skip to main content


As the U.S. fiscal cliff morphs into a new federal debt ceiling confrontation over the first couple of months in 2013, it is essential that corporate management focuses on the behavioral economic impact -- not political score keeping. Last summer, Gallup correctly anticipated the potential for the fiscal cliff to disrupt the economy and compared the fiscal cliff politically to the debt ceiling battle that took place during the summer of 2011. Despite the potential for an immediate-term "rally effect" in the week following passage of the fiscal cliff "fix," Gallup's economic confidence data suggest slower growth and an increased likelihood of recession in 2013.

Washington is engaged in a game of "chicken" over automatic tax increases and spending cuts that is not only hurting the current economy but also threatening another recession -- or worse -- next year. Business leaders need to plan in case there is a grim outcome.

Americans want compromise on the "fiscal cliff."

The addition of Paul Ryan to the Romney presidential ticket is going to greatly increase the political focus on Medicare, Social Security, the federal budget deficit, and the fiscal cliff. In turn, just the intensity of these important national debates could have the unintended consequence of bringing today's slowing economy to a halt in the months ahead.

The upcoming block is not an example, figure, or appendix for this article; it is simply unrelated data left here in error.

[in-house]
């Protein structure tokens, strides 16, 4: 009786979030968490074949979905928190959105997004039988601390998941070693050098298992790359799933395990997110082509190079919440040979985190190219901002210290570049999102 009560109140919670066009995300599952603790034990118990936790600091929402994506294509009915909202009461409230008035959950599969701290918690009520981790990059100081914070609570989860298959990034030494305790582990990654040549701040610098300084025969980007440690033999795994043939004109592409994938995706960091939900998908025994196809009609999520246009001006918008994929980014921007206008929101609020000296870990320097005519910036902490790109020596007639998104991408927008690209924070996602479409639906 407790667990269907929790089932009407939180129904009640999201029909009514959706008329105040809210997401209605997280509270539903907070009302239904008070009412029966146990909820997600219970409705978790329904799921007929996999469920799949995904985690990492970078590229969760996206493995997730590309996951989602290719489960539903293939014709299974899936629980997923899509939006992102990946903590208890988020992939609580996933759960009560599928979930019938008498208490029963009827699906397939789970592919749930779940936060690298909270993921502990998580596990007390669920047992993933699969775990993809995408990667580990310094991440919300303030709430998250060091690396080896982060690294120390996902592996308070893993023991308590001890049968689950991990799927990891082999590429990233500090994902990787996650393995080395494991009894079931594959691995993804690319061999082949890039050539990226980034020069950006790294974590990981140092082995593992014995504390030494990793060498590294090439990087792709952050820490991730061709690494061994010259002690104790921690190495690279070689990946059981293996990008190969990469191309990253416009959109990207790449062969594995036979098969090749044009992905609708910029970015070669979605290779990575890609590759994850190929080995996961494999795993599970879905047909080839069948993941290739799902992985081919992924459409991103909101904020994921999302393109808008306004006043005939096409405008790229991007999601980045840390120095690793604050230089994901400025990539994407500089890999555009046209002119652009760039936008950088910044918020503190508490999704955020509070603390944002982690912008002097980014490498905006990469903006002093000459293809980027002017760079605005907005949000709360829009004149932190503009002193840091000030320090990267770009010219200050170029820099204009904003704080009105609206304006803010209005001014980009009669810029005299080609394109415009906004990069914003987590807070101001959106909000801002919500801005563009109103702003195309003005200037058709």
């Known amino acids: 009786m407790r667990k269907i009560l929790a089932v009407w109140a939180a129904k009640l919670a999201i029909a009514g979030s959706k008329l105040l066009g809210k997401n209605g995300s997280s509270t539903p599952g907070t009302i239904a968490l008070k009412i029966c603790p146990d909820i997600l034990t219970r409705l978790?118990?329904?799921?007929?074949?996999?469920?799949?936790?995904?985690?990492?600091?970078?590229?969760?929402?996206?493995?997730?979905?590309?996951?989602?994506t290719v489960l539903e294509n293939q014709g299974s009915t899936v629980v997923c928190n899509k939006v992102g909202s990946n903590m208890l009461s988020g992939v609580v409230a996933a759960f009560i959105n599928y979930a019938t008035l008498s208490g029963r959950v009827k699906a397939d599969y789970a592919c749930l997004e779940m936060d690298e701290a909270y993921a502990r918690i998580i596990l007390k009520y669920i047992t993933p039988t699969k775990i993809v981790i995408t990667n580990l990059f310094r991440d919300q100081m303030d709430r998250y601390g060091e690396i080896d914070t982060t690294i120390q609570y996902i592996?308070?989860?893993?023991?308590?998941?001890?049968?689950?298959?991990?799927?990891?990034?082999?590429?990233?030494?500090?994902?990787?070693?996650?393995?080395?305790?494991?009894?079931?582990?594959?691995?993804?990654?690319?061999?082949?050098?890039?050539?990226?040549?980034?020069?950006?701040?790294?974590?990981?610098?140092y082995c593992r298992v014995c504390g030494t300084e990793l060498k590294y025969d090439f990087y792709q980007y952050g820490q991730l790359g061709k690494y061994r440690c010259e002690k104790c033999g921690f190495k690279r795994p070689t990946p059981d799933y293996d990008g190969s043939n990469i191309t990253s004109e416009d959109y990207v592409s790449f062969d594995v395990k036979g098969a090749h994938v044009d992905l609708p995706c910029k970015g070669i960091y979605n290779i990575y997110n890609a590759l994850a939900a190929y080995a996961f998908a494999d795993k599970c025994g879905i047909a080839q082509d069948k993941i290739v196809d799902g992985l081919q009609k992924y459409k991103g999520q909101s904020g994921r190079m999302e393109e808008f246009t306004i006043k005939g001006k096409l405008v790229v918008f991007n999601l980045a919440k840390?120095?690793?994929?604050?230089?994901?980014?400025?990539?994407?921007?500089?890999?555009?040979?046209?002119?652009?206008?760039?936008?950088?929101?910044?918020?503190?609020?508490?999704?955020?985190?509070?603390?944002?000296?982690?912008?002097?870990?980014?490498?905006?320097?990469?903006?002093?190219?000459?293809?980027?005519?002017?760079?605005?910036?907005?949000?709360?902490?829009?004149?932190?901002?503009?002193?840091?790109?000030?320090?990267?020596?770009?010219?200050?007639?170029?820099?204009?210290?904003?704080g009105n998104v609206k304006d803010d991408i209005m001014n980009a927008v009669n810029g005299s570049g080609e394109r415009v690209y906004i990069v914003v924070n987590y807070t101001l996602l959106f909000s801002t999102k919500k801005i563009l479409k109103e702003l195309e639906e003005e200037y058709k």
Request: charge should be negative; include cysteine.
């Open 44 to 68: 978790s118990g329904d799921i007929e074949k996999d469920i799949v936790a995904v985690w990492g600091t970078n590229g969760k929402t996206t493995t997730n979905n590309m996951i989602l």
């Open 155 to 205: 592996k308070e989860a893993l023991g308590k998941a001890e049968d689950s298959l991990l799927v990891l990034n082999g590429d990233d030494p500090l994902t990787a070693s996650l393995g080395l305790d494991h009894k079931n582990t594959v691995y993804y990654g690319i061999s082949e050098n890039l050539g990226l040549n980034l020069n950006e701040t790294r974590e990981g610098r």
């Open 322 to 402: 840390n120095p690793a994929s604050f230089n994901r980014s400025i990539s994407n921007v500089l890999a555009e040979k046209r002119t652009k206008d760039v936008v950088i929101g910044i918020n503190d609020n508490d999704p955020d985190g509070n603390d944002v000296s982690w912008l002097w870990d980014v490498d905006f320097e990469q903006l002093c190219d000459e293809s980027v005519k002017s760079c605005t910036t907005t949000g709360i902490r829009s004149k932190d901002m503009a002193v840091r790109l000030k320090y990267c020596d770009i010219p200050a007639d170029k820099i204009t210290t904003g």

While many politicians and economists talk about the potential for another recession if the U.S. goes over the "fiscal cliff," few seem to recognize that the fiscal-cliff debate itself is already damaging the economy. This is shaping up to be a repeat of the 2011 debt ceiling debacle -- only worse. New Gallup economic data show:

The increase in the Thomson Reuters/University of Michigan Consumer Sentiment Index reported Friday morning aligns with what the Gallup Economic Confidence Index showed in January, and with what we anticipated the final Consumer Sentiment Index would show.

The post-election focus on the fiscal cliff has implications not only for the long-term economic outlook, but also for the immediate future. There is no better illustration of the real world impact of current policy debates than the way self-reported upper-income consumer spending has plummeted during recent weeks. While many investors may be taking profits now in anticipation of higher taxes, other upper-income Americans may be pulling back on spending in anticipation of lower after-tax take home pay in 2013.